States traversed: California, Arizona, New Mexico, Texas, Louisiana, Mississippi, Alabama, Florida
Interstate 10 spans the southern United States, from southern California to Jacksonville, Florida, meaning that it meets locales on both coasts. It's the fourth-longest Interstate Highway, and the shortest of the three that join locales on both coasts. The western end is at Santa Monica, California, where it bends into a section of highway following the Pacific Coast, carrying the designation of California Route 1. From there, it heads east through Los Angeles, the Inland Empire, and the Coachella Valley of Southern California. Interstate 10 continues east through some of the hottest portions of the Mojave Desert, crossing the Colorado River into Arizona. Interstate 10 passes through Phoenix and Tucson before crossing into southwestern New Mexico. At Las Cruces, in south-central New Mexico, Interstate 10 turns south to El Paso, Texas. Interstate 10 stretches a record-setting 880 miles in Texas, spanning the width of the state to serve San Antonio, Houston, and other areas. Just past Beaumont, Texas, Interstate 10 crosses into Louisiana, pressing onward through Lake Charles and Lafayette to Baton Rouge. At Baton Rouge, Interstate 10's eastward journey bows southward to access New Orleans before bowing back north to Slidell, Louisiana; Interstate 12 serves as a more direct alternate between Baton Rouge and Slidell. Slidell is right where Interstate 10 turns easterly over the state line into Mississippi. The little southern stubs of Mississippi and Alabama along the Gulf Coast are both traversed by Interstate 10 from west to east. Interstate 10 passes by Gulfport, Pascagoula, and Mobile, to enter its final state of Florida. Interstate 10 runs east-west down the whole Florida panhandle, past Pensacola and Tallahassee. Its final stretch continues across the rest of northern Florida so it can end at Interstate 95 in Jacksonville, Florida.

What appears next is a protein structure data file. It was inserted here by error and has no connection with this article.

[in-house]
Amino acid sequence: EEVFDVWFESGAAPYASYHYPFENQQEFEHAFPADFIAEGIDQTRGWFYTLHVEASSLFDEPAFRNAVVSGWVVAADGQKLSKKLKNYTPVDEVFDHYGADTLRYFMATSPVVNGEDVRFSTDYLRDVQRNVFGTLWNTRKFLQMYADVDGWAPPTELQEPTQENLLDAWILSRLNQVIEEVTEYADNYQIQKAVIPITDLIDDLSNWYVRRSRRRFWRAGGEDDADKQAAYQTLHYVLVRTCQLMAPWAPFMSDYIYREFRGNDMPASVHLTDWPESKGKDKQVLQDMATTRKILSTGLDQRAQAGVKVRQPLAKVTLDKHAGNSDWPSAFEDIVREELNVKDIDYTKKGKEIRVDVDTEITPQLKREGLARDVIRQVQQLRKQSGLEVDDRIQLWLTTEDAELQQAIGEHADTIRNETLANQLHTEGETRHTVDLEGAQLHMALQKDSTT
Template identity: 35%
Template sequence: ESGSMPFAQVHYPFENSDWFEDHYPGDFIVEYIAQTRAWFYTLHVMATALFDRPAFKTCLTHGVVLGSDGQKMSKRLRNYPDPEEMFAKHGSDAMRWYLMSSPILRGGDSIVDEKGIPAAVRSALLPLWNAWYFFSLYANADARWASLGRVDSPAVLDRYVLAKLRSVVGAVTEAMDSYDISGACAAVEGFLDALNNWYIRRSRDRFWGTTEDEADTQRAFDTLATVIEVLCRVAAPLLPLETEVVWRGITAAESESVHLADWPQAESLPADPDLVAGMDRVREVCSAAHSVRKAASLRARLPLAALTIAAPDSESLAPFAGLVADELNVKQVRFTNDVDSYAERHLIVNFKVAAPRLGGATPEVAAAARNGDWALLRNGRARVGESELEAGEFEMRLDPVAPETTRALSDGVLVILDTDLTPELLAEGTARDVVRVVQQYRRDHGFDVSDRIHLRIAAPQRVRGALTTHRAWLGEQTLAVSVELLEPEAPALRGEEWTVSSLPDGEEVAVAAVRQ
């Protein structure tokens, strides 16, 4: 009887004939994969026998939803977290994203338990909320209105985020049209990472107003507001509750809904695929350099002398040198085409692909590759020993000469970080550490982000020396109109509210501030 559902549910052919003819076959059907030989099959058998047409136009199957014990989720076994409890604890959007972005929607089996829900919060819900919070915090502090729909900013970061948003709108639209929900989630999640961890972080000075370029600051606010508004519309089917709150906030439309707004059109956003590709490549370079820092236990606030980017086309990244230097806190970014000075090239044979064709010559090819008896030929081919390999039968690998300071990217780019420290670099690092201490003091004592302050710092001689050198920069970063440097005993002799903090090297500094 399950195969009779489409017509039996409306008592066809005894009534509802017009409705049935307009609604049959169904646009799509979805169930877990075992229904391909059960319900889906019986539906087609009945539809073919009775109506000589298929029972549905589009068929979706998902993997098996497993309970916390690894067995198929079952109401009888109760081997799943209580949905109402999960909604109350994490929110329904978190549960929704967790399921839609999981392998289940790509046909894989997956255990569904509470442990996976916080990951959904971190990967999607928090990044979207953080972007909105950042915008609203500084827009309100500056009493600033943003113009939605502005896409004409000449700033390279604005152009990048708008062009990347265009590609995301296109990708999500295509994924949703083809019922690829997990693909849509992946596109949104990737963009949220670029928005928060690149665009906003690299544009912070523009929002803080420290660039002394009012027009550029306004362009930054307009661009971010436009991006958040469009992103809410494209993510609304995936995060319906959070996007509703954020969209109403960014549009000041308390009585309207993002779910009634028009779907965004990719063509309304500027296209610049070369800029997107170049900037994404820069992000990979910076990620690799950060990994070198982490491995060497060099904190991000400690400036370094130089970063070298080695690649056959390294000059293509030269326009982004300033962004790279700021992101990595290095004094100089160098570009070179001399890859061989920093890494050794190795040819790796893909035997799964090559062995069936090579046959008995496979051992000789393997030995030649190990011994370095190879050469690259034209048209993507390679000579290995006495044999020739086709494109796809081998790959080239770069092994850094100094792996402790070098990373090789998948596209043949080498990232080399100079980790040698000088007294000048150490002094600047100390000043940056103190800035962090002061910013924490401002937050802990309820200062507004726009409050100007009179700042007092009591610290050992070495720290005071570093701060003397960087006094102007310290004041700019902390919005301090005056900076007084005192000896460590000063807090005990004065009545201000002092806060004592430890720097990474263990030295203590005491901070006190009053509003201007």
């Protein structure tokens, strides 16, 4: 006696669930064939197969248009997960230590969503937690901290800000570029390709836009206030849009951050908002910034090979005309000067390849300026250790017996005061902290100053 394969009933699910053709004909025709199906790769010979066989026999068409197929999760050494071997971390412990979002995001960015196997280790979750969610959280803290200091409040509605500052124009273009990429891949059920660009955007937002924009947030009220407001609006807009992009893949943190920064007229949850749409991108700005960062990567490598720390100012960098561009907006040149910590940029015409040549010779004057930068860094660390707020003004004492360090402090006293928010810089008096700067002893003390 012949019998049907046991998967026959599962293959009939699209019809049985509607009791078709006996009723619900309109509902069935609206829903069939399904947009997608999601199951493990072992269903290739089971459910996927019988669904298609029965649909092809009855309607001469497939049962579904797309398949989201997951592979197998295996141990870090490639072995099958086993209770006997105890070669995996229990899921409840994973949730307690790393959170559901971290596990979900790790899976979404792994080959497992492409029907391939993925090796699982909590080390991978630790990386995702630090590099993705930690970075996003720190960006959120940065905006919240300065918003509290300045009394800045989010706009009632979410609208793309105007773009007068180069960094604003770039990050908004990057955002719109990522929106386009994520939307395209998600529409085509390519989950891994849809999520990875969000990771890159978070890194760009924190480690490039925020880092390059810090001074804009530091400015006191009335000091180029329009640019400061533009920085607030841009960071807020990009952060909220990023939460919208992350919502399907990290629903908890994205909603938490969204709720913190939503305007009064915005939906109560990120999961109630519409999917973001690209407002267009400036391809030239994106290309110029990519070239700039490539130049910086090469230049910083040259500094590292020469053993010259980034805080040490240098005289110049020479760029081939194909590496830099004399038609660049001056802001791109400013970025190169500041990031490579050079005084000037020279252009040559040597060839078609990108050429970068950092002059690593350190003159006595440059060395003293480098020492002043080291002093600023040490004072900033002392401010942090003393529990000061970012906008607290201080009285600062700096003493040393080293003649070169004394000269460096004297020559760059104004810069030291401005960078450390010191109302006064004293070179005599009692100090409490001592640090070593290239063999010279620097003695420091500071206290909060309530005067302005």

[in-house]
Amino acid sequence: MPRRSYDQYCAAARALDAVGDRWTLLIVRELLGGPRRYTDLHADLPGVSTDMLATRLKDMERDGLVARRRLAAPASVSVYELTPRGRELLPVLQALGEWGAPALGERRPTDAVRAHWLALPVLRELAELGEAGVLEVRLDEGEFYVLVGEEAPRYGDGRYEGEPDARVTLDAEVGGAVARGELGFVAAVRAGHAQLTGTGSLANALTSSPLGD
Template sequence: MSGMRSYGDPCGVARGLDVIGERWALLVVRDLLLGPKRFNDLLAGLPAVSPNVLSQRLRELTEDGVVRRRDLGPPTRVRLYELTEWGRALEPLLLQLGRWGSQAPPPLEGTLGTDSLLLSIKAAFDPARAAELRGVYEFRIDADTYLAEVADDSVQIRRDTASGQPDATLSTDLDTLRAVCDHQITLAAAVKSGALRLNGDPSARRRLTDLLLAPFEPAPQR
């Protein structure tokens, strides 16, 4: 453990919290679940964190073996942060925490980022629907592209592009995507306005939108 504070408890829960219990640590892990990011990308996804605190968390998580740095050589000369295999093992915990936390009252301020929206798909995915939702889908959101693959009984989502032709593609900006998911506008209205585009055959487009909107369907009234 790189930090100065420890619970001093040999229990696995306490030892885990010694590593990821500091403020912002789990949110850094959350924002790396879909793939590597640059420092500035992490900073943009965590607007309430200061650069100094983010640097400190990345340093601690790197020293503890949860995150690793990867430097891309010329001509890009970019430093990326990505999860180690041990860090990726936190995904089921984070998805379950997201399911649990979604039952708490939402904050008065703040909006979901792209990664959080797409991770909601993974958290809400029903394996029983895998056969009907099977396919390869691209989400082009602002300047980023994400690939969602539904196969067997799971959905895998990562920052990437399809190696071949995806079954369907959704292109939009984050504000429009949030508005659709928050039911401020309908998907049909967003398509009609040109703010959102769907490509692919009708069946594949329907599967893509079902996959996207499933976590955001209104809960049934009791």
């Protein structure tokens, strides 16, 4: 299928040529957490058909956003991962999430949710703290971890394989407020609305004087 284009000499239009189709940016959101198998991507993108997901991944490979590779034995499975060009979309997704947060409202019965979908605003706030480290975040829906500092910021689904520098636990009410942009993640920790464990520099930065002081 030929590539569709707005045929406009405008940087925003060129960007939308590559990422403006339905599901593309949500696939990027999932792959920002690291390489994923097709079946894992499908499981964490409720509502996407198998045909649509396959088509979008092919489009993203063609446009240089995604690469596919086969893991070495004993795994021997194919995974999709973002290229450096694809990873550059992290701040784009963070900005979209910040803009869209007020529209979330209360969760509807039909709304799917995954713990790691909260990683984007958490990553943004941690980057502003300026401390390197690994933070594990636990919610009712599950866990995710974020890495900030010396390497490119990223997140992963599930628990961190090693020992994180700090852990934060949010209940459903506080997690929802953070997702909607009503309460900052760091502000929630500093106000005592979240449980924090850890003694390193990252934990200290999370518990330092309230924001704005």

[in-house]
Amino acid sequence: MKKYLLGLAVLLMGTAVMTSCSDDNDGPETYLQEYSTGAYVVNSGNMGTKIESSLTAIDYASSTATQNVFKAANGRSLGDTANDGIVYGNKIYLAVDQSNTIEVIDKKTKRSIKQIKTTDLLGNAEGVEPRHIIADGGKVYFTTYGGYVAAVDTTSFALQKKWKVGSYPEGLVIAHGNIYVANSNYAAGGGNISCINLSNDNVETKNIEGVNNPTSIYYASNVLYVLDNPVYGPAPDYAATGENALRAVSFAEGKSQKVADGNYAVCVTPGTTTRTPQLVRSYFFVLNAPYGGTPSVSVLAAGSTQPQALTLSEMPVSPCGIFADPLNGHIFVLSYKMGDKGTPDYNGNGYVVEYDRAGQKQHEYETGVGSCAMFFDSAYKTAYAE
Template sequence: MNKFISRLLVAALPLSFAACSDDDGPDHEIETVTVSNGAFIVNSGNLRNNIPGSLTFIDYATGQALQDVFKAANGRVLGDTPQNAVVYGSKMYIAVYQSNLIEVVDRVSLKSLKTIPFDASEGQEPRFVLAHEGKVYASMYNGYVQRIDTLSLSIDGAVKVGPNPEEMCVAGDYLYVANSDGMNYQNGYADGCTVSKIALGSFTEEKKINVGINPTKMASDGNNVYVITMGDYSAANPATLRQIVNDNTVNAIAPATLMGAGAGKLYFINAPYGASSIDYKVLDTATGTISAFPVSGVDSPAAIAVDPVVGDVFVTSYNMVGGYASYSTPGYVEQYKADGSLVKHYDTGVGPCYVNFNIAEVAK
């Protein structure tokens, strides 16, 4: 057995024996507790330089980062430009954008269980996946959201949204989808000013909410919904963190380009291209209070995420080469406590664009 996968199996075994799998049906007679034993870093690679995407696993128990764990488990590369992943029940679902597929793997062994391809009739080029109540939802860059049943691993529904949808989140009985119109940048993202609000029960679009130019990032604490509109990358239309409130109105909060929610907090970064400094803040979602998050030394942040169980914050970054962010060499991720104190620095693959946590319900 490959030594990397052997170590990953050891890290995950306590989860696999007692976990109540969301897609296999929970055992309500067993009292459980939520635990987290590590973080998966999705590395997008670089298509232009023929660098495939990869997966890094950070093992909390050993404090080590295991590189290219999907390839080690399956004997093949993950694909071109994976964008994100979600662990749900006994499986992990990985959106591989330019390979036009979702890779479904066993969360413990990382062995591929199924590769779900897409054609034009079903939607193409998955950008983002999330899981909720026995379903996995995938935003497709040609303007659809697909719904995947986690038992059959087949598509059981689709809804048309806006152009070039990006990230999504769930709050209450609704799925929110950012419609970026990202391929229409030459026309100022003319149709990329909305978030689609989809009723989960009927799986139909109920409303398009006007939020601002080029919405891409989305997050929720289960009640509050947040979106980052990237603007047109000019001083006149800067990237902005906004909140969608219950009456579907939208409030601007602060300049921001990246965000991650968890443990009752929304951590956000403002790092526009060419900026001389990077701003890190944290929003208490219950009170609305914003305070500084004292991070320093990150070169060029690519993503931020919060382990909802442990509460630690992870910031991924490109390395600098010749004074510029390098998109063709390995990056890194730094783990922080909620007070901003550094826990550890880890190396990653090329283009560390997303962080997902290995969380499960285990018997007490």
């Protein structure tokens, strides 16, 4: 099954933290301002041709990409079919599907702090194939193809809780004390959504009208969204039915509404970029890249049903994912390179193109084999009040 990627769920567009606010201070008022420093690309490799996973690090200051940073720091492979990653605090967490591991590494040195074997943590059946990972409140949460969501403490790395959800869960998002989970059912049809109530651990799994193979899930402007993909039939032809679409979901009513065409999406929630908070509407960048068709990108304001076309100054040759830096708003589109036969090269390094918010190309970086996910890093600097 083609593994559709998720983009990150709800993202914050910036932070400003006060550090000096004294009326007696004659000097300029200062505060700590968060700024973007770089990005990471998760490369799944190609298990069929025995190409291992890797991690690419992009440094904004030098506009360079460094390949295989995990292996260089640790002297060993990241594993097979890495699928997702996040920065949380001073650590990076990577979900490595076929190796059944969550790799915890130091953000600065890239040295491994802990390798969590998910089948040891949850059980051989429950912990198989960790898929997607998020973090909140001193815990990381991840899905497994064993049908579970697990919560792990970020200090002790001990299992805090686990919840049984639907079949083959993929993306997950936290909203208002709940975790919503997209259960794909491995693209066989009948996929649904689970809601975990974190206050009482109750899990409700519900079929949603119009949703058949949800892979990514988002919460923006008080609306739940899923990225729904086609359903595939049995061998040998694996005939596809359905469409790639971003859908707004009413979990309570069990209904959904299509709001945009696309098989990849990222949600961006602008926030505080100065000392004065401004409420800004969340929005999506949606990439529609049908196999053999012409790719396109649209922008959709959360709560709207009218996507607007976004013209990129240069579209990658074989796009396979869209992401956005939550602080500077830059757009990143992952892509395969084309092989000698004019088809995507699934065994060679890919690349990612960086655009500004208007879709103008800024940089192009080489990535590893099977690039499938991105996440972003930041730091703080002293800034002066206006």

My photo of Interstate 10 comes from the border of Alabama and Mississippi. The westbound lanes are given a rest area and welcome center to welcome travelers into Mississippi. The route marker depicted shows people stopping at the Mississippi welcome center how to get back to the Interstate. This photo was taken in October 2014 along the first Gulf Coast trip. Welcome centers and rest areas can be a great, safe place to photograph an Interstate sign, so long as the relevant state's DOT posts them along their parking lots (my I-40 and I-84 photos came from rest areas, too). Back to the nationwide main page. Back to the home page.